Real-Time Scanner for Robot Interaction

3D real-time sensor for robot interaction.
© Fraunhofer IOF

3D real-time sensor for robot interaction.

Experimental setup – The users task is to hit all balls with the robot arm. The movement instructions are entered via 3D touchpad.
© Fraunhofer IOF

Experimental setup – The users task is to hit all balls with the robot arm. The movement instructions are entered via 3D touchpad.

While the development of human-machine interfaces is advancing fast (e.g. speech control, touch interfaces), accurate real-time measurement of human-machine interaction in 3D space is a field where much research is still outstanding.

To meet the requirements of this field, we have developed a real-time 3D measuring system which can provide accurate 3D data of complex human-machine interaction scenes at high frame rates with low latency. One of the key requirements of the system was that it is capable of working irritation free in the vicinity of humans.

To demonstrate the system, we have built an exhibit consisting of the 3D scanner, a robot arm, and an interaction surface (made of rubber). The surface is observed by the 3D scanner and continuously generates new target coordinates for the robot based on the human interaction with the
rubber surface. In addition, two LCD displays show the 3D model reconstructed by the scanner to provide additional visual feedback of the scan.

The 3D measuring system consists of calibrated stereo cameras with an active high-speed projector using aperiodic sinusoidal patterns. The projector works with invisible infrared light (850 nm wavelength) and therefore does not irritate humans being scanned (glare-free). In real-time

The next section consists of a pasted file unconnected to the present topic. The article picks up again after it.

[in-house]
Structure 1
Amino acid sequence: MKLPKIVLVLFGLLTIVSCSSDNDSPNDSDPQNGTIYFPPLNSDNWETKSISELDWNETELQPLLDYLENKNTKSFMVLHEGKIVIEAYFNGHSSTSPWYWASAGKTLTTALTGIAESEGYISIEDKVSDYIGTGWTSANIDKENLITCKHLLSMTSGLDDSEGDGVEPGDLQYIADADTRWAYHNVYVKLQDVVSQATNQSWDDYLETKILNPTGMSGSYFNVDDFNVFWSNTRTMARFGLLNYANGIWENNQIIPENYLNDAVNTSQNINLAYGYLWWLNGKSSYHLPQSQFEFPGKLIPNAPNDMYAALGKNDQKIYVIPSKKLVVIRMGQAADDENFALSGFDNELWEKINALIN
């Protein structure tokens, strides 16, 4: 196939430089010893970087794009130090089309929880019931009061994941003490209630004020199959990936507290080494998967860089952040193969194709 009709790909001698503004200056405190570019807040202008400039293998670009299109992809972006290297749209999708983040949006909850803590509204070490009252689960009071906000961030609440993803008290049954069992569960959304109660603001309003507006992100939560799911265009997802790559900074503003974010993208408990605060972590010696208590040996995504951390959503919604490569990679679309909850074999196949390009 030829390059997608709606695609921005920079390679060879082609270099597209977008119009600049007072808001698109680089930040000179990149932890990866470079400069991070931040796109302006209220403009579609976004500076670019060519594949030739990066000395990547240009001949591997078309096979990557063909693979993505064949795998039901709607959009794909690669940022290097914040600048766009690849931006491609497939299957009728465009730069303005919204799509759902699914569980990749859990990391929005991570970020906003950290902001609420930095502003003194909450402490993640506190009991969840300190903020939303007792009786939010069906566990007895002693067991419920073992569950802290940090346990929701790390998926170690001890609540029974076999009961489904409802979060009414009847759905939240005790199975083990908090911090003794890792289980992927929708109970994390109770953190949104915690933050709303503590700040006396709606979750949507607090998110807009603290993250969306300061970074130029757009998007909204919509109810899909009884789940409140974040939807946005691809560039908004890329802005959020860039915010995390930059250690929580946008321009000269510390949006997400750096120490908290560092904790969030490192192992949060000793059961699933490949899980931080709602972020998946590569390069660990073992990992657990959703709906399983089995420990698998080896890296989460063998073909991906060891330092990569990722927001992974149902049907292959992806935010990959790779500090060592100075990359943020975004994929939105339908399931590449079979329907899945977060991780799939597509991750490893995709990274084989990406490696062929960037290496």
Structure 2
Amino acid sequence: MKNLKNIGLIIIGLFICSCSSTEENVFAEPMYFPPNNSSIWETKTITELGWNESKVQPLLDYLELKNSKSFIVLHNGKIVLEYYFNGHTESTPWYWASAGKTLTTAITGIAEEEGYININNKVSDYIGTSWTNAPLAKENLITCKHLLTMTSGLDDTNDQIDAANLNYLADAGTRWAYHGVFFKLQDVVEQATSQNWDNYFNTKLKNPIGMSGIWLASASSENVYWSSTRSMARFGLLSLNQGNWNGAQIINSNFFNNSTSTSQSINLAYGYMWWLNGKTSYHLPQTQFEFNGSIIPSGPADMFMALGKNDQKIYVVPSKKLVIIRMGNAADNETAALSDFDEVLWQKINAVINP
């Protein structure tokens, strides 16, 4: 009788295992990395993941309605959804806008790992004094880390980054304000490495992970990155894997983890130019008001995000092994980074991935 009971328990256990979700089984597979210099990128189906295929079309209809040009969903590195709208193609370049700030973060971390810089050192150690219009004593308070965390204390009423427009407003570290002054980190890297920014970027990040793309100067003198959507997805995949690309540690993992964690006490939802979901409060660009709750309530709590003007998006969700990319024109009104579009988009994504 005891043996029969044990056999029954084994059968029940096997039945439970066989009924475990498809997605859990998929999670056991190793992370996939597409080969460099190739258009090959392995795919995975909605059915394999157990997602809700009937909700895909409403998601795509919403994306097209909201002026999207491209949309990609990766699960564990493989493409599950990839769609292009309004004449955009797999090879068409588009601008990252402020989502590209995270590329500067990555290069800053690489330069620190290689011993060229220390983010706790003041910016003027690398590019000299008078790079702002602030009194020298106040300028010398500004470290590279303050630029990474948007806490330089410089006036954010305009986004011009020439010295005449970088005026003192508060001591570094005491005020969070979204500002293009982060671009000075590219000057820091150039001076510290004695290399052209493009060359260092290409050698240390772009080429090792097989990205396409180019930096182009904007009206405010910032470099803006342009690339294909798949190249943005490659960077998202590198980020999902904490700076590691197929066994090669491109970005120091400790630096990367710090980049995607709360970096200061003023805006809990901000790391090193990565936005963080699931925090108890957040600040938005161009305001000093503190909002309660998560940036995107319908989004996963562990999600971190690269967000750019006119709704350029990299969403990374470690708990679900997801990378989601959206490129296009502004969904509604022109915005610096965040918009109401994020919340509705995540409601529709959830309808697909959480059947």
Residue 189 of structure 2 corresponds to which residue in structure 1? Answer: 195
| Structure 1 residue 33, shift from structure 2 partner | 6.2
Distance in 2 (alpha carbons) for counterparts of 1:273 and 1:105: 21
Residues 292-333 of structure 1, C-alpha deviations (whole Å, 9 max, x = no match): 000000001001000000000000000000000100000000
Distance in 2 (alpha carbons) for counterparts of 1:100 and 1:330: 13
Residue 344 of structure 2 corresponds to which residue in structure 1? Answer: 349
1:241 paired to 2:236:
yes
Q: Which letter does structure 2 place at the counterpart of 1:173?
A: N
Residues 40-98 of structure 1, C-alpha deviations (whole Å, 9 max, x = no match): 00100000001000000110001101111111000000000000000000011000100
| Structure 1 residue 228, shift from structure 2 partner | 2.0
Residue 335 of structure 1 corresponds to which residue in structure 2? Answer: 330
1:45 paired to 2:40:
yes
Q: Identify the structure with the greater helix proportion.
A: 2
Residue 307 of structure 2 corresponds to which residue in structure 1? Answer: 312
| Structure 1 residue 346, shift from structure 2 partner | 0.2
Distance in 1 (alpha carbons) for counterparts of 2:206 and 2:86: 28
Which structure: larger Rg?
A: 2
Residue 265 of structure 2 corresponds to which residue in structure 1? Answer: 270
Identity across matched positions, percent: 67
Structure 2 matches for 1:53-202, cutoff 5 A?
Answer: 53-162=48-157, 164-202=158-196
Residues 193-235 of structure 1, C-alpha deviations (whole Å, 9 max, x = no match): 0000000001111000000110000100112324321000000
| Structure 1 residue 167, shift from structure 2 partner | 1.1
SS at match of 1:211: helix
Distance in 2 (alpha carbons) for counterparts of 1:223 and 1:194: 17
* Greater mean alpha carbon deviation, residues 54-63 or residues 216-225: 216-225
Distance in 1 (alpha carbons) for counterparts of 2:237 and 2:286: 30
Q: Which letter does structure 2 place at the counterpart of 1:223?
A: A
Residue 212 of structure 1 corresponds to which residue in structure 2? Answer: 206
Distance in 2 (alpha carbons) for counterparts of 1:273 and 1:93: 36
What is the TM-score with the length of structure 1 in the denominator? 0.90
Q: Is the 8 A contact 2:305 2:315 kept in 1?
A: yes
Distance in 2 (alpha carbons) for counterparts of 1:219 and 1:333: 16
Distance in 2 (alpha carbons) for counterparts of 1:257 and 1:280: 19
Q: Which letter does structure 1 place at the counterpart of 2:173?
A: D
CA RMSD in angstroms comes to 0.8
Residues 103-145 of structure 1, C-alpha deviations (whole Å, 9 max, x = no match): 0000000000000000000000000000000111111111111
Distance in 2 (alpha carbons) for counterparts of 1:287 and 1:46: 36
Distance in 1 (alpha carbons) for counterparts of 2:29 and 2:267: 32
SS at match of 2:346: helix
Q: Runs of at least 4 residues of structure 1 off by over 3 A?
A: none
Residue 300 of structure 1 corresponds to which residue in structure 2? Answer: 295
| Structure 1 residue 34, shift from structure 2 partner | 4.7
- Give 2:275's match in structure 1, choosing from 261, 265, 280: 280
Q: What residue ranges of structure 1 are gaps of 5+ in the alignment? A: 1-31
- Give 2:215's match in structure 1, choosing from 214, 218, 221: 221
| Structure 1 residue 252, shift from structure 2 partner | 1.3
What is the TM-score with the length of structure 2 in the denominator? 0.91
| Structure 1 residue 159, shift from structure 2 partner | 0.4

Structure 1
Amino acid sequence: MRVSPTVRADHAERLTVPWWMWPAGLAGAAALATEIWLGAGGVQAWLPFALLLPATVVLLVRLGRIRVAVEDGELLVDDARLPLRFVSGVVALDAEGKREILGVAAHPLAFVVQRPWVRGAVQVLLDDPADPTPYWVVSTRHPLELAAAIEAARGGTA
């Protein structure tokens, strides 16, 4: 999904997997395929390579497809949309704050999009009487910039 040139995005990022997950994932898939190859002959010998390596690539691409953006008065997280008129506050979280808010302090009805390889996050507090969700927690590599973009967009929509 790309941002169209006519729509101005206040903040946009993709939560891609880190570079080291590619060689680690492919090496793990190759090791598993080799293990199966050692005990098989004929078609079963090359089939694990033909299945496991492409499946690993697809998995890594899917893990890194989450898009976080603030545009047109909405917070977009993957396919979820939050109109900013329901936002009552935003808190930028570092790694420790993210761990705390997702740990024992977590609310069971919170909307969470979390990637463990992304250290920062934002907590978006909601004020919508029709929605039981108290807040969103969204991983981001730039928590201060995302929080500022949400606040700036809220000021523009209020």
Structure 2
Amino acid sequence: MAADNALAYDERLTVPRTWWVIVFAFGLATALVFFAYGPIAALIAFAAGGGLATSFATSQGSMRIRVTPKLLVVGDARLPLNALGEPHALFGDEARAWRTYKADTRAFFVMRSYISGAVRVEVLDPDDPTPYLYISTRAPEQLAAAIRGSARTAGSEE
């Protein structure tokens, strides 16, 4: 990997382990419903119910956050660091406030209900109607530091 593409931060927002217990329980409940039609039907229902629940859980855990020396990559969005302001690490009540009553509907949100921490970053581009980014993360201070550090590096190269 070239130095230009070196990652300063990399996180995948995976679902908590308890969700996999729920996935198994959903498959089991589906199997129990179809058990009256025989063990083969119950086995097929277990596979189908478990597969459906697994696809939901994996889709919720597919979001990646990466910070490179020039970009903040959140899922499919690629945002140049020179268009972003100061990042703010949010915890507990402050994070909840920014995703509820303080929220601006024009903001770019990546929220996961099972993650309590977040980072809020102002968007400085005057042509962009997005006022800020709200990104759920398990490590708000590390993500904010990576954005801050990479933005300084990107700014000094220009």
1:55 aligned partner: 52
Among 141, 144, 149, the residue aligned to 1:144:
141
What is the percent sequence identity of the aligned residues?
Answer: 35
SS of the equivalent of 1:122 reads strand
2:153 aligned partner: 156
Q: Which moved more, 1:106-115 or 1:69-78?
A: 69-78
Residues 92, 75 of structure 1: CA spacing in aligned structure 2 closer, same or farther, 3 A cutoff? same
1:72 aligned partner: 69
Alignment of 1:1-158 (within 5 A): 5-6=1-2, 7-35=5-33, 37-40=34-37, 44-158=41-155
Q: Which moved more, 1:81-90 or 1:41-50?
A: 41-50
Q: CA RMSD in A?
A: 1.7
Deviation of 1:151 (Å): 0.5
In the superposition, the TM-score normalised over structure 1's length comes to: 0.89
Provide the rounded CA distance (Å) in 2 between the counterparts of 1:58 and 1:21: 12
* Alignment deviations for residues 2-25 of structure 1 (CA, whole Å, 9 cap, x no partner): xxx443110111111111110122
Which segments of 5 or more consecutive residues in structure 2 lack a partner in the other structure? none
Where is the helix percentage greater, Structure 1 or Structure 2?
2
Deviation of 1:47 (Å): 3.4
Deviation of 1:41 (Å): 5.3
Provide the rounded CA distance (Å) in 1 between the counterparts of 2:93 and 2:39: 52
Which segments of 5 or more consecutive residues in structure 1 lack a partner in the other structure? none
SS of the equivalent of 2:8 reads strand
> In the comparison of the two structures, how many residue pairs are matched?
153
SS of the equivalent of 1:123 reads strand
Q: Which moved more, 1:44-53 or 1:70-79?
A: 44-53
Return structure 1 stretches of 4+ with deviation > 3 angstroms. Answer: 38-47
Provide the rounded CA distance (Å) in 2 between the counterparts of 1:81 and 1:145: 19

operation, the system provides a 3D data rate of 36 3D data sets per second with a latency of 80 ms. Each 3D dataset consists of one million 3D points.

The scanner‘s cameras operate synchronously and each of them captures 360 images per second. The 3D reconstruction calculation is carried out on a standard PC completely on the graphics hardware (GPU program with OpenCL) so that full CPU performance is available for subsequent evaluation of the 3D data. This enables a wide range of applications with different data processing requirements, such as continuous shape monitoring in assembly line systems, pick-and-place applications, face detection in security gates, or 3D gesture recognition.

Authors

Patrick Dietrich

Kevin Srokos

Ingo Gebhart

Peter Kühmstedt

Gunther Notni